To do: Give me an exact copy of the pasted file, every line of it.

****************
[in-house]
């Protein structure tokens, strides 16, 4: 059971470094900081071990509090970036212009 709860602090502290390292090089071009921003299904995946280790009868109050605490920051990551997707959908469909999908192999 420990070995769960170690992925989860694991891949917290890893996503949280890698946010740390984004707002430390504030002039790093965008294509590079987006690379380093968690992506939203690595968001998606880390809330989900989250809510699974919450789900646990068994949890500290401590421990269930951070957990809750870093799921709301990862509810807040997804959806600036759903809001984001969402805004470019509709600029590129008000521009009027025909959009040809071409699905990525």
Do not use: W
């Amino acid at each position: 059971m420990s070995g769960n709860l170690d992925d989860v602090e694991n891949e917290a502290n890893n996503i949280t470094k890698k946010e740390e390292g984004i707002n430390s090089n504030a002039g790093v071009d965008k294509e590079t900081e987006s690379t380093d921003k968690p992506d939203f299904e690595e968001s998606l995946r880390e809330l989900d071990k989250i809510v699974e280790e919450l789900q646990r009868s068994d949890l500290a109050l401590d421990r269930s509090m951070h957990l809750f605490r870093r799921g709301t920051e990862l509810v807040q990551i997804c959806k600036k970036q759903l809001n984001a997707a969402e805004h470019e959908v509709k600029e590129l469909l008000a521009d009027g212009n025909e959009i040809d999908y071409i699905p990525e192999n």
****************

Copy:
[in-house]
């Protein structure tokens, strides 16, 4: 059971470094900081071990509090970036212009 709860602090502290390292090089071009921003299904995946280790009868109050605490920051990551997707959908469909999908192999 420990070995769960170690992925989860694991891949917290890893996503949280890698946010740390984004707002430390504030002039790093965008294509590079987006690379380093968690992506939203690595968001998606880390809330989900989250809510699974919450789900646990068994949890500290401590421990269930951070957990809750870093799921709301990862509810807040997804959806600036759903809001984001969402805004470019509709600029590129008000521009009027025909959009040809071409699905990525």
Do not use: W
């Amino acid at each position: 059971m420990s070995g769960n709860l170690d992925d989860v602090e694991n891949e917290a502290n890893n996503i949280t470094k890698k946010e740390e390292g984004i707002n430390s090089n504030a002039g790093v071009d965008k294509e590079t900081e987006s690379t380093d921003k968690p992506d939203f299904e690595e968001s998606l995946r880390e809330l989900d071990k989250i809510v699974e280790e919450l789900q646990r009868s068994d949890l500290a109050l401590d421990r269930s509090m951070h957990l809750f605490r870093r799921g709301t920051e990862l509810v807040q990551i997804c959806k600036k970036q759903l809001n984001a997707a969402e805004h470019e959908v509709k600029e590129l469909l008000a521009d009027g212009n025909e959009i040809d999908y071409i699905p990525e192999n």